Taking advantage of The Riyadh Tower’s location, offices occupy more than 35 floors of the tower and are carefully oriented to maximise the views of the city and the desert landscape.An open-plan concept of the typical tower floor plate was adopted for flexibility within the space. In fact, the lower-level floor plates are formed by combining two side-by-side ellipses.
These floor plates gently taper into a rectangular plane as the tower ascends to its peak of 224 meters, forming an elegant, distinctive and effective visual tribute to the locality.
Our primary aim is to ensure co2 emissions are minimized through reducing energy usage where possible and promoting energy efficiency throughout the project.
According to Tabet, sun path analysis was used extensively to understand how shadows would fall on the building, how they would affect the inhabitants and whether or not they would obscure or impact the surrounding structures.
The intelligent skin of The Riyadh Tower can sense the internal needs of the skyscraper and its users and can adjust levels of light, shade and air circulation accordingly.
The skin of the façade of the tower has been designed in such a way as to define modularity at human scale. The screen system of the façade is identified by two key modules that get repeated along the façade transforming from mega-webs to micro-web pieces.
With the greening of architecture around the world and the existence of the budding Saudi Green Building Council, sustainability is at the forefront of KSA’s burgeoning architecture industry.
According to Tabet, even the earliest stages of design on The Riyadh Tower complied with worldwide initiatives to reduce energy consumption and carbon emissions, employ passive design strategies, improve engineering systems and create recovery strategies. “Our primary aim is to ensure CO2 emissions are minimized through reducing energy usage where possible and promoting energy efficiency throughout the project,” he says.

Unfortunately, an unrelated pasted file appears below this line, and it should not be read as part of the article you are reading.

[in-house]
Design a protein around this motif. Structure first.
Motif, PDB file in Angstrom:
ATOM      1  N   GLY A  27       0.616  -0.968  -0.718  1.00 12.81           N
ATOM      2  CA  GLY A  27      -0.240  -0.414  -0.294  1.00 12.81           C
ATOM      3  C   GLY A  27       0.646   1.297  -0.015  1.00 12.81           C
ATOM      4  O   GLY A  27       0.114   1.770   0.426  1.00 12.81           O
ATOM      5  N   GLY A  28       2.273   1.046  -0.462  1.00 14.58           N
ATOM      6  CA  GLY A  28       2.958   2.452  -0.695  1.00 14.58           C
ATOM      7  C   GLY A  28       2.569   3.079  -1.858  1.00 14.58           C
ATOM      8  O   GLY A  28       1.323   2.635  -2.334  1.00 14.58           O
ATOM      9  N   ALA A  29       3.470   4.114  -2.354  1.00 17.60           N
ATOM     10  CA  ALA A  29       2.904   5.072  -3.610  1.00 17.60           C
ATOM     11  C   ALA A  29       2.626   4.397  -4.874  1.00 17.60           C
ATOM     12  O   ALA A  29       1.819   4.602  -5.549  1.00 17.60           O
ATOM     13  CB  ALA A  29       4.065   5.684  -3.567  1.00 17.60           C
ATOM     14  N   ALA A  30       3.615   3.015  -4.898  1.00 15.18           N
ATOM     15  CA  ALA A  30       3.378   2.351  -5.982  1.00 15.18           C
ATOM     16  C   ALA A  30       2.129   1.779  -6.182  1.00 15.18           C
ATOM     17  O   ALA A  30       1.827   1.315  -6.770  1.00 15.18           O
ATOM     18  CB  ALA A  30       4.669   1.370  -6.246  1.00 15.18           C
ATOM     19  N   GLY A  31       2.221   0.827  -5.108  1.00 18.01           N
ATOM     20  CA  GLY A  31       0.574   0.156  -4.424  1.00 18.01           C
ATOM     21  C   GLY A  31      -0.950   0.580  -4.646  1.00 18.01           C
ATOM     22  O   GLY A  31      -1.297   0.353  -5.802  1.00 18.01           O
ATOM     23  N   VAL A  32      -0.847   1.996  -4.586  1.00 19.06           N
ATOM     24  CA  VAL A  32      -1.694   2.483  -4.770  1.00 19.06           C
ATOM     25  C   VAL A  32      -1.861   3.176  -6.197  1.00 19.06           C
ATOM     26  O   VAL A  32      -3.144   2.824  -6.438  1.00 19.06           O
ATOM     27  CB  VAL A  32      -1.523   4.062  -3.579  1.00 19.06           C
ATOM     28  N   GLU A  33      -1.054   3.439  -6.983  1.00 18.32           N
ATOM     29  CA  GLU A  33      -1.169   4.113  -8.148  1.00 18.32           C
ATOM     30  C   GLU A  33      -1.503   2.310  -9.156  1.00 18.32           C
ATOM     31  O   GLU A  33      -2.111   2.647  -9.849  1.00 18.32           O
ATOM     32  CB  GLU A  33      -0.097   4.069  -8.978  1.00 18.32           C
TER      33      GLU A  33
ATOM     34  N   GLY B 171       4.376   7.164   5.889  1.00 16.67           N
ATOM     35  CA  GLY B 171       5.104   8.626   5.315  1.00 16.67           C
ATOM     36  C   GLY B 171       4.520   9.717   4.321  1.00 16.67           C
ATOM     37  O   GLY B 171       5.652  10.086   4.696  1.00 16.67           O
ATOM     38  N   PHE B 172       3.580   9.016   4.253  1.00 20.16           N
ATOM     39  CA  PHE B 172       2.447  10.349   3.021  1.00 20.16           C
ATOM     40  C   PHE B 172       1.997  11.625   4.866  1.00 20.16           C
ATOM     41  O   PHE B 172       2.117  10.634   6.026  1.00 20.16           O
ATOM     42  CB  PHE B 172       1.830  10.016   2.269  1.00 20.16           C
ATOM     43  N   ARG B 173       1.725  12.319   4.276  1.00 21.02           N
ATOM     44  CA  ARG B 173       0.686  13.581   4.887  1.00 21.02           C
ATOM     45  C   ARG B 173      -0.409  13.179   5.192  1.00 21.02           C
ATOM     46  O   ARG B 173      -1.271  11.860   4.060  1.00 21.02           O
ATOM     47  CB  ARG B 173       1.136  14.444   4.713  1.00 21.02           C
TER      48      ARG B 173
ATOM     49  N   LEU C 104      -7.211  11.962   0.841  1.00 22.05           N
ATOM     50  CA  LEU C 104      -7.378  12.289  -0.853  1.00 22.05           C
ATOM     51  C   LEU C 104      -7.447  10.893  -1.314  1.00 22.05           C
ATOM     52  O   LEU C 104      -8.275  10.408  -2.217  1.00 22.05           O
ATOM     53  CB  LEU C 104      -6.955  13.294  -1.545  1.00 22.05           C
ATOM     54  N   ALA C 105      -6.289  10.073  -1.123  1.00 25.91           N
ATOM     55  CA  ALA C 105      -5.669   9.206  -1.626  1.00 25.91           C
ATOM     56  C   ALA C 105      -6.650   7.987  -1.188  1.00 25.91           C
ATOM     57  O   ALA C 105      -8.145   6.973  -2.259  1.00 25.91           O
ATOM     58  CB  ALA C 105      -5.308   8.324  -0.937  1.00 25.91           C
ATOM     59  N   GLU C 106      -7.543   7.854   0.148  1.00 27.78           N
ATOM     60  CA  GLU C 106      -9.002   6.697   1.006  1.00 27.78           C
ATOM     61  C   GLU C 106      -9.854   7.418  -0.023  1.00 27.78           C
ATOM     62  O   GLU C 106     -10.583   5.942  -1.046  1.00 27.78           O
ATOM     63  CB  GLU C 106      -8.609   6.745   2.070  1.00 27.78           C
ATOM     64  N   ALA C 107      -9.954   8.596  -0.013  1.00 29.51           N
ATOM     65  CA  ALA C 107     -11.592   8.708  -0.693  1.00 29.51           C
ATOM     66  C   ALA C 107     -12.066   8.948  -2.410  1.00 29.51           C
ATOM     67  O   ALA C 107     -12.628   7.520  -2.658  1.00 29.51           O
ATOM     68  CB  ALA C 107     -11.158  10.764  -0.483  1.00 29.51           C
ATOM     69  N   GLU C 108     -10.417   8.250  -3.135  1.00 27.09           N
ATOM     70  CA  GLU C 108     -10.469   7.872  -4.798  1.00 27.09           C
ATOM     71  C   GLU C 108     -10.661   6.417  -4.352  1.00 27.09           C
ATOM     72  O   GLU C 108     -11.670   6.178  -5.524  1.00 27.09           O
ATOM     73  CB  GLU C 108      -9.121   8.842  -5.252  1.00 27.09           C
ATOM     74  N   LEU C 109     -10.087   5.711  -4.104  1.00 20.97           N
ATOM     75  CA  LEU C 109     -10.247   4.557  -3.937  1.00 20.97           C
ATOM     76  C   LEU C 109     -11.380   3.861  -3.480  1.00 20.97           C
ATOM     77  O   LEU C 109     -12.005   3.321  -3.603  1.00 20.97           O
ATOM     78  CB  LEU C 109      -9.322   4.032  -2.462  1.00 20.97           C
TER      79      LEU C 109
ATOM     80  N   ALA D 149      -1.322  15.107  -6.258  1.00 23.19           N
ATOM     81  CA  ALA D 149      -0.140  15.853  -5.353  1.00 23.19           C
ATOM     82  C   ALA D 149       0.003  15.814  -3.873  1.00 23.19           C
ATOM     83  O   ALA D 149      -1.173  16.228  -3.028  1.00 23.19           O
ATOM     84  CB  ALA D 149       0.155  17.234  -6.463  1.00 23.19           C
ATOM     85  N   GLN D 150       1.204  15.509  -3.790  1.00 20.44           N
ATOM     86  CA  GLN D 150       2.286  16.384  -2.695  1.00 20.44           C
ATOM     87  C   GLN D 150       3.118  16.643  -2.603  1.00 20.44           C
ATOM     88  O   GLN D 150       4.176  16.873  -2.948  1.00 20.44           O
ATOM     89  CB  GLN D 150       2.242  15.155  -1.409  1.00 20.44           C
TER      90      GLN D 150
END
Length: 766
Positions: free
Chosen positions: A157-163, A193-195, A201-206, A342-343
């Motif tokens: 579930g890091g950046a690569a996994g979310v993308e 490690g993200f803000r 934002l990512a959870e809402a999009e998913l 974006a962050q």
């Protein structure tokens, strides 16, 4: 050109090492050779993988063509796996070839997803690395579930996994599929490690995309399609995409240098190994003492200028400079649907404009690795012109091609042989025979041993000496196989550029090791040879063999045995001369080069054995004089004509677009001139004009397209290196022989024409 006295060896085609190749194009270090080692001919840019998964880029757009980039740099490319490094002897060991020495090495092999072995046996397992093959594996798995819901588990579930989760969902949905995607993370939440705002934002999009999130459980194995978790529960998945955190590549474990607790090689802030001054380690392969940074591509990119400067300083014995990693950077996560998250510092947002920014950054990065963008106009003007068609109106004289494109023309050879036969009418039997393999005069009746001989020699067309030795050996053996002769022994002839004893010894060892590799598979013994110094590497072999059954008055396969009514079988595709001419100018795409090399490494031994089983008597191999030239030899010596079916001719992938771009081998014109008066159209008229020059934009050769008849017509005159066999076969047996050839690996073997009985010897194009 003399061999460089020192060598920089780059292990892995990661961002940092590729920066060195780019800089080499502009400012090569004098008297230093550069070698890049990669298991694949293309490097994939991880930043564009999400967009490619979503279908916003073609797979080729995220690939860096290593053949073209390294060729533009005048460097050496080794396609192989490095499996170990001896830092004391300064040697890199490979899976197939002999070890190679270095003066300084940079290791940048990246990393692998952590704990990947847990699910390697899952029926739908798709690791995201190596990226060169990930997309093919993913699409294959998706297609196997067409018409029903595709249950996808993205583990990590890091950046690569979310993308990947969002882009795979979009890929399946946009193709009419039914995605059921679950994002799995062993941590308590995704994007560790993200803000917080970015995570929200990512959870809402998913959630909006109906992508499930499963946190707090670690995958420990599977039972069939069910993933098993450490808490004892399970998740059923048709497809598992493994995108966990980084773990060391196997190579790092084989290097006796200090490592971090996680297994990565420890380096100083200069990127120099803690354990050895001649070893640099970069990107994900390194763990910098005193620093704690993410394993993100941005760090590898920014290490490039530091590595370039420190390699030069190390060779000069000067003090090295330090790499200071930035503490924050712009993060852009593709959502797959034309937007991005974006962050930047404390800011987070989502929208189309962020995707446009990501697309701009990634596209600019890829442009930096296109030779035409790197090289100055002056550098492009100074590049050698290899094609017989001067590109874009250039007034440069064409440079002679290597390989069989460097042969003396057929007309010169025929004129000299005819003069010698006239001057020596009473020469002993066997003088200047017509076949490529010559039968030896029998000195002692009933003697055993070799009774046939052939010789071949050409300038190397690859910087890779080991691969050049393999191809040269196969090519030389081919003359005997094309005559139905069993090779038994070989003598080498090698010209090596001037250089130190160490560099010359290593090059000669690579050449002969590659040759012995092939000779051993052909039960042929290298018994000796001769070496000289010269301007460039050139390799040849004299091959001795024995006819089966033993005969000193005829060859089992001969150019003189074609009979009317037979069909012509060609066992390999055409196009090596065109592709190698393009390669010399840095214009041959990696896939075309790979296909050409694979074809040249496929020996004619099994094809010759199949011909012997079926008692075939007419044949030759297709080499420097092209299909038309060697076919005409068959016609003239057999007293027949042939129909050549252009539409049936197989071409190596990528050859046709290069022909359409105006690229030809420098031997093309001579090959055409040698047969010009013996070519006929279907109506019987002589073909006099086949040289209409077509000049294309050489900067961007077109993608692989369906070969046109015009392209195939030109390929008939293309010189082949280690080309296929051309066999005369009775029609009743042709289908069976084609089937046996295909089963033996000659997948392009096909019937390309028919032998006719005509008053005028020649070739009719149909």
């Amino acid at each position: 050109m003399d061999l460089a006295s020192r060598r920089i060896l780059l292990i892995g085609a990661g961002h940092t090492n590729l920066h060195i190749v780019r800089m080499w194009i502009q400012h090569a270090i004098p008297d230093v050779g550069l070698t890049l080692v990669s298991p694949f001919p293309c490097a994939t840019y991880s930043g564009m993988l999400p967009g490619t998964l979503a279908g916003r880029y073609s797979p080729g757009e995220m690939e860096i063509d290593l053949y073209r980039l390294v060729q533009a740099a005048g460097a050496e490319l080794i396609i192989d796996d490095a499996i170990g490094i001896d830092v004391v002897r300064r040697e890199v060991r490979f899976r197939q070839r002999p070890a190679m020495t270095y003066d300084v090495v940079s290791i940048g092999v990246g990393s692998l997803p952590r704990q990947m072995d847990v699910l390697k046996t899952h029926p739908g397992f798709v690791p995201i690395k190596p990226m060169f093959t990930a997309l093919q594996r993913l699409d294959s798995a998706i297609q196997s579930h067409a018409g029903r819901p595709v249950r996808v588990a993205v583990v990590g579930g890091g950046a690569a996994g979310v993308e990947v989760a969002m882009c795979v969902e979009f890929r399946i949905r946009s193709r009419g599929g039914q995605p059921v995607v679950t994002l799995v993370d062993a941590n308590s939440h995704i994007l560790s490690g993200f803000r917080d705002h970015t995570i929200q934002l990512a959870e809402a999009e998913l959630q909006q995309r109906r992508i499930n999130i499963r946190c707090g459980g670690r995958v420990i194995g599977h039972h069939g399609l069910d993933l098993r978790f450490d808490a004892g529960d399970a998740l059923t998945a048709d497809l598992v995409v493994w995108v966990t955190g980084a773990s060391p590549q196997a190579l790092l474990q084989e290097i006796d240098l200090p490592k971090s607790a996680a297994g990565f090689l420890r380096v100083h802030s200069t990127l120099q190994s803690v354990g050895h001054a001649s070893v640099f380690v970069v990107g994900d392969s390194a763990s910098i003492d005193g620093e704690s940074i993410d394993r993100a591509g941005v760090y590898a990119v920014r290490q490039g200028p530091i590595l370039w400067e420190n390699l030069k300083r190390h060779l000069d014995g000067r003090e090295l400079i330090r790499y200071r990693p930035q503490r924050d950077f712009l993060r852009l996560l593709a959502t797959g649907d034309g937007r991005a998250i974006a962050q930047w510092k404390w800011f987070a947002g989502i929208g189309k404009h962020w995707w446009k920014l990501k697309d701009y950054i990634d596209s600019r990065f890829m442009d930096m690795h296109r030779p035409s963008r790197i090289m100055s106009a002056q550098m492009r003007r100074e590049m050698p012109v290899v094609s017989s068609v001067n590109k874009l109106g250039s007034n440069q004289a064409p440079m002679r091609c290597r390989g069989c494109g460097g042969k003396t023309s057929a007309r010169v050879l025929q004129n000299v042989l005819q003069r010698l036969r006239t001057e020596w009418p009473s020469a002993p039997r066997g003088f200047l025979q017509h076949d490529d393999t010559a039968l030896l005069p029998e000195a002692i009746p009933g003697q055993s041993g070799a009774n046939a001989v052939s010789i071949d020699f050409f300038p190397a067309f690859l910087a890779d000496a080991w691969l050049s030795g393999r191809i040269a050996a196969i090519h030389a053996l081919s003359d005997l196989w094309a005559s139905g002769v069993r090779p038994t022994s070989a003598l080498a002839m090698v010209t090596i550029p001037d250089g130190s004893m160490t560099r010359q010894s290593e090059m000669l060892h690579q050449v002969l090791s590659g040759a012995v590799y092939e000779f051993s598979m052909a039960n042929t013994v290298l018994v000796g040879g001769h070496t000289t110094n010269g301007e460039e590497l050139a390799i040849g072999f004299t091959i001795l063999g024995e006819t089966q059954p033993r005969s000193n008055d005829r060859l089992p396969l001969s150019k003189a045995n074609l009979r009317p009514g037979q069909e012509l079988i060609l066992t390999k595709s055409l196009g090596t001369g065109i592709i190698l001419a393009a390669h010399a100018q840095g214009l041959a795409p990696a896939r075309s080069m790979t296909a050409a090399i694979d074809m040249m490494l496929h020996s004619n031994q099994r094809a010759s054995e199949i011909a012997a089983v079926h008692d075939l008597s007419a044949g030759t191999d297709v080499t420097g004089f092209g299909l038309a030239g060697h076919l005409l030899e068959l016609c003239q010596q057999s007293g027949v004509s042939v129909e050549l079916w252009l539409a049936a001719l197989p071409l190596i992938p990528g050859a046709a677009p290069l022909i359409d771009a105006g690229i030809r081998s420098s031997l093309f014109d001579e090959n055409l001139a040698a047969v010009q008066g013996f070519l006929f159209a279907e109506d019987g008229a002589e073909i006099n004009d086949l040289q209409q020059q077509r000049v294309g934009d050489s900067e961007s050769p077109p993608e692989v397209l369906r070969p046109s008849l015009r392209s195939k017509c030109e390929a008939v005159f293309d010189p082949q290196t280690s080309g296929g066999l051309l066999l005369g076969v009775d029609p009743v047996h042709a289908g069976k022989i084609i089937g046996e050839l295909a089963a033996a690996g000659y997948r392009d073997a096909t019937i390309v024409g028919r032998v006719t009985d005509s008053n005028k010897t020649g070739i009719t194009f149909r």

Passive design strategies including analyses of building orientation, site location, shading, solar insolation and view were all conducted to ensure sustainability.
Moreover, summer insolation analysis was used to optimize building orientation, determine window placements and develop a design that would maximise external shading.Decreasing solar radiation, reducing cooling loads and offsetting conventional cooling requirements where possible are all feasible energy strategies that can be credited to the design of the tower, the initial studies and the vision of the client. High performance glazing was also chosen to limit solar heat gain by blocking infrared and UV rays wherever possible.
“The successful integration of physical and social design throughout the development creates an architecture that is both environmentally and socially sustainable,” explains Tabet. “The Riyadh Tower is an exemplar development that demonstrates the possibility of a low-energy and low-emission facility that is not only world-class, but also located in a hot climate.”
Like any project, The Riyadh Tower came with its share of challenges. According to Tabet, one of the most notable challenges was designing and developing the skin of the tower. “Its three-dimensional curves made up of horizontal as well as vertical convex lines required special attention,” explains Tabet. “The intricate mashrabiya pattern had to be translated into a simple network of curvilinear surfaces to achieve a contemporary look.”
A second significant challenge was to maintain a floor plate efficiency of 80% over the entire floor area. Tabet explains: “As the tower rises, its floor plate gradually decreases in size. After several design studies and exercises, the tower core is reduced proportionally and accordingly for the smaller plates at the upper floors. Zoning the vertical transportation and utilizing high-rise and low-rise lifts had to also be taken into consideration.”
From its inception, AAAG wanted a landmark building. Words like “luxury”, “modern” and “elegance” were bandied about and Atkins sought to fulfil that brief with an aesthetic yet feasible solution.
“We visualized The Riyadh Tower as a modern landmark that led to developing a fundamental form with simple lines and shapes,” explains Tabet. “The tower’s unique blend of architecture, artistry and culture manifest the character of a well-balanced landmark.”
Tabet has always pointed to the collaborative spirit between members of the Atkins and AAAG teams as the biggest success story of the project thus far.
It was only through a large-scale joint effort that the design team was able to overcome the challenges and meet what were quite stringent requirements of the client brief.
“Team spirit is the key to the success of this project,” says Tabet. “Only through this were we able to achieve an architecture that is both environmentally and socially sustainable.”